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Resident PGY 2
Henry Ford Hospital
Introduction: Beta-blockers (BB), a class II antiarrhythmic, are usually associated with respiratory adverse event such as exacerbations of obstructive lung disease, hypersensitivity pneumonitis etc. Sotalol, a BB that has both class II and III antiarrhythmic activities, is commonly used in the treatment and maintenance of atrial fibrillation or atrial flutter. It is generally thought to associate with significantly lower pulmonary side effects. The lower respiratory side effect profile does not eliminate its potential risk, especially in patients who have a history of reactive airway disease.
Case: Patient a 71-year-old Caucasian female with a past medical history of atrial fibrillation due to severe mitral regurgitation, Chronic obstructive pulmonary disease, coronary artery disease, breast cancer status post resection and radiation and amiodarone-induced hypothyroidism who initially presented with complaint of shortness of breath, productive cough, and palpitations for 2-day duration that progressively worsened. On presentation, she was found to be in atrial flutter with RVR and started on a Cardizem drip and continued her home Eliquis. Electrophysiology (EP) was consulted and she was started on Sotalol 80mg. A few hours after receiving the first dose of Sotalol, she was found to have agonal respirations with diminished breath sounds, quickly requiring intubation for respiratory distress. Sotalol was promptly discontinued. Approximately 12hrs after intubation she was successfully extubated to BiPAP and eventually weaned to 2-3L of supplemental oxygen without any intervention such as diuresis, cardioversion or COPD treatment. The patient remained in atrial flutter and thus discussions with EP and Pulmonology decision was made to start on amiodarone but was unsuccessful in achieving rate control. Eventually, she underwent 200J direct-current cardioversion with success. The patient remained in sinus rhythm throughout the rest of her hospitalization.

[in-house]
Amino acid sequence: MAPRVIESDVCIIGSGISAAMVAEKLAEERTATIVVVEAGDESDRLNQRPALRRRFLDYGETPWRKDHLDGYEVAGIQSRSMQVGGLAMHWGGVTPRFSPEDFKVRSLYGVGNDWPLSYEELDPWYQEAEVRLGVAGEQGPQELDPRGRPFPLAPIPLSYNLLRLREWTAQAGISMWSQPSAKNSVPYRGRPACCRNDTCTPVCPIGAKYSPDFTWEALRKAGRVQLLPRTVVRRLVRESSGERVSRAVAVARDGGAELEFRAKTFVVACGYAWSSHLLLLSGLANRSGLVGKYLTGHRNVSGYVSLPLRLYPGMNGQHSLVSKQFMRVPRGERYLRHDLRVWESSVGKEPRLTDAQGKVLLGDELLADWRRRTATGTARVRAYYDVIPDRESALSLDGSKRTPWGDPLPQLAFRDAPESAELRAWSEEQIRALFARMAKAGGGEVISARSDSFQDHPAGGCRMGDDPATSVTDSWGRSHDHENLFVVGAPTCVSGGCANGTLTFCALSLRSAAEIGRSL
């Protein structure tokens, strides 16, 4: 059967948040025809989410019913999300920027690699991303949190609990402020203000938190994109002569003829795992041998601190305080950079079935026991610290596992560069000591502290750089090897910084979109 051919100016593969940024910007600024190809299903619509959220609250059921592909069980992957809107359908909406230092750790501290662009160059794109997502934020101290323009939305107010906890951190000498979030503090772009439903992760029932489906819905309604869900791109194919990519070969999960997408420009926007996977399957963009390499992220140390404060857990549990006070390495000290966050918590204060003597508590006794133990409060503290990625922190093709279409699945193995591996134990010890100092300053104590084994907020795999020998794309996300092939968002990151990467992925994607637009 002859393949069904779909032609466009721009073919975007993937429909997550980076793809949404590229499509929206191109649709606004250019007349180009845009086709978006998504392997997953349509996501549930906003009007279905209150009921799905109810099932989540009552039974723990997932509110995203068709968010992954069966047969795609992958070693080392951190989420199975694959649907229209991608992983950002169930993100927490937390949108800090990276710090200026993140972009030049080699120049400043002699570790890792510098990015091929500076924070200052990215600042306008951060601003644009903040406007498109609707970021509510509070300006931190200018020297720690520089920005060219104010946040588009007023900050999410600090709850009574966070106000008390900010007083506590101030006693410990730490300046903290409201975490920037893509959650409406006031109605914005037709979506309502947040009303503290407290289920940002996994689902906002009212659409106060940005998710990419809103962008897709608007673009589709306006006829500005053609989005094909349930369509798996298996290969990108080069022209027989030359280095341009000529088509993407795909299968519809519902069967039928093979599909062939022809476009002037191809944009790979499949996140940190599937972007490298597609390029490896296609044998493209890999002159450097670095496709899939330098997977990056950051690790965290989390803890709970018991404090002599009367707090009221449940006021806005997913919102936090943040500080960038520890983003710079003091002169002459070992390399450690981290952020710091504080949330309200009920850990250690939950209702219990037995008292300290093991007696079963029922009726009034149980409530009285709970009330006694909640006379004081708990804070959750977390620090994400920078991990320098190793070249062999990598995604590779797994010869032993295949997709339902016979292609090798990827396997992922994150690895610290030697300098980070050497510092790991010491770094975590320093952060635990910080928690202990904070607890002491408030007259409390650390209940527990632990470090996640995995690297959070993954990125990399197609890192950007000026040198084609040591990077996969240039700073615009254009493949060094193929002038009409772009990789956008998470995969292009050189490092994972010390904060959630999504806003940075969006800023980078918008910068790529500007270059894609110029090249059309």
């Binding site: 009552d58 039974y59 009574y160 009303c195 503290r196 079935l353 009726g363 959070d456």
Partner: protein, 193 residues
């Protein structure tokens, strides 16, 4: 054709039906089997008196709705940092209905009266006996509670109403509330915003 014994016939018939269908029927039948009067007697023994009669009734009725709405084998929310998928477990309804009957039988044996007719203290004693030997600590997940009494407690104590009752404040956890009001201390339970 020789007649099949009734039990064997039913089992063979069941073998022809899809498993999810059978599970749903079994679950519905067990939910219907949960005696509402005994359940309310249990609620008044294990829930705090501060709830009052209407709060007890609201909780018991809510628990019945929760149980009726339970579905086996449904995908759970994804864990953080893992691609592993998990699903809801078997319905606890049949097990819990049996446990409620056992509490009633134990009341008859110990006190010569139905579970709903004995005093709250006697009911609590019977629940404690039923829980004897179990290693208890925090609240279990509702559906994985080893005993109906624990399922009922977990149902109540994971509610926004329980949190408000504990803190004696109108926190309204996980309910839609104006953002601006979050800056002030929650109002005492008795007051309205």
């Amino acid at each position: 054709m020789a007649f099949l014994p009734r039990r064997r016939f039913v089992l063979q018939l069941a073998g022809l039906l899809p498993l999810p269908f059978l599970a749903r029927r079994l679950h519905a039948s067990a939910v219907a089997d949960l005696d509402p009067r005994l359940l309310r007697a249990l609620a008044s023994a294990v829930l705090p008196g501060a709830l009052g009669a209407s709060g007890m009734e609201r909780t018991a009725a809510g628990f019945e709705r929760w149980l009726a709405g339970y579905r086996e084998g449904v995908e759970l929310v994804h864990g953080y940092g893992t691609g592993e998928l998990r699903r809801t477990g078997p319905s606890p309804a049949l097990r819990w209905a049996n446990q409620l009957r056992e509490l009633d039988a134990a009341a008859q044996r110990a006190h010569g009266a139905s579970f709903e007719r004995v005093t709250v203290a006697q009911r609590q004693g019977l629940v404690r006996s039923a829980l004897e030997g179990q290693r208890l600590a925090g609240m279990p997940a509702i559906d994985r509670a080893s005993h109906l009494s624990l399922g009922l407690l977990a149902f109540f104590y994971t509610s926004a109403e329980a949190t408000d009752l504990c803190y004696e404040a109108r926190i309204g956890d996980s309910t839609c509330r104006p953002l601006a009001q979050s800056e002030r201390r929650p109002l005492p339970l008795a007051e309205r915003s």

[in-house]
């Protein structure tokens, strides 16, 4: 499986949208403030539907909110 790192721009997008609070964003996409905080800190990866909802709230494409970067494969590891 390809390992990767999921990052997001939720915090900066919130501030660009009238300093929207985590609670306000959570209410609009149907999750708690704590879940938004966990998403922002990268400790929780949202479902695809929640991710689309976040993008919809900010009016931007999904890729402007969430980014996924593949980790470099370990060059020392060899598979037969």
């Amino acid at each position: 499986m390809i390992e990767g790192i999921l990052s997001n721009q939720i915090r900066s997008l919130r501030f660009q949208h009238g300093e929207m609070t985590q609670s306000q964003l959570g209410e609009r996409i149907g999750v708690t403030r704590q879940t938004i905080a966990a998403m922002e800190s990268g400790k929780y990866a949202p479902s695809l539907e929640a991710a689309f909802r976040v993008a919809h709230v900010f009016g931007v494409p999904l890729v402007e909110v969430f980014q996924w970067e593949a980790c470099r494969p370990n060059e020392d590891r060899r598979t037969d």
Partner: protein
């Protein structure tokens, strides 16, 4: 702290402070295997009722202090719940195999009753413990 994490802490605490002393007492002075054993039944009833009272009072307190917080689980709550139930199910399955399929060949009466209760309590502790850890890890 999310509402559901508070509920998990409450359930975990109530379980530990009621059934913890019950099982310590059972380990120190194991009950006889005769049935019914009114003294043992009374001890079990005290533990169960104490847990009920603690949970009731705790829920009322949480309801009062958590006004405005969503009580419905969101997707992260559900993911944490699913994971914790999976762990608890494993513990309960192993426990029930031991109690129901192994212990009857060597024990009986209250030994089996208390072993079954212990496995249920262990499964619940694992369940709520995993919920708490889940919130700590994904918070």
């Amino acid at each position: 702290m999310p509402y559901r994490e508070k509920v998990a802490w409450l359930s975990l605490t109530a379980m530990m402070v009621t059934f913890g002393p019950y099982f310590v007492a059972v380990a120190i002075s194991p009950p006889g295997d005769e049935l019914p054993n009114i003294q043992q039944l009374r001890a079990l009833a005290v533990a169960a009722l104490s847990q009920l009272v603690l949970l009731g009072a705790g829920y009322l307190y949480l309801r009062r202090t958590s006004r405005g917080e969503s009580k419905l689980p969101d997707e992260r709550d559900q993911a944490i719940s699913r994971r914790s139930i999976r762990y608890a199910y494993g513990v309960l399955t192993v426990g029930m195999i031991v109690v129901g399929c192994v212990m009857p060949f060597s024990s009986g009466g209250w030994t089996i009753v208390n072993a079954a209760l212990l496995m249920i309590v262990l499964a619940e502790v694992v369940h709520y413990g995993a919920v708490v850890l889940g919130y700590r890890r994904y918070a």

Discussion: The case illustrated that the potential risk of acute respiratory failure with use of sotalol is a real concern. Although it is infrequently seen, it is a predictable side effect of sotalol use that physicians should be aware of, especially in patients with a history of reactive airway disease. Sotalol has a rapid onset of action (1-2 hours) and relatively short half-life (12 hours in adult). So, early recognition is crucial to the prompt cessation of Sotalol, prevention of future adverse event and proper intervention to save a patient's life. The case also illustrated that if this adverse event occurs, quick supportive treatments including intubation could be enough to help the patient until the medication went through its duration of action.
Do, Anh P. and Demertzis, Zachary, "A Rare Case of Sotalol-Induced Respiratory Failure" (2020). Case Reports. 99.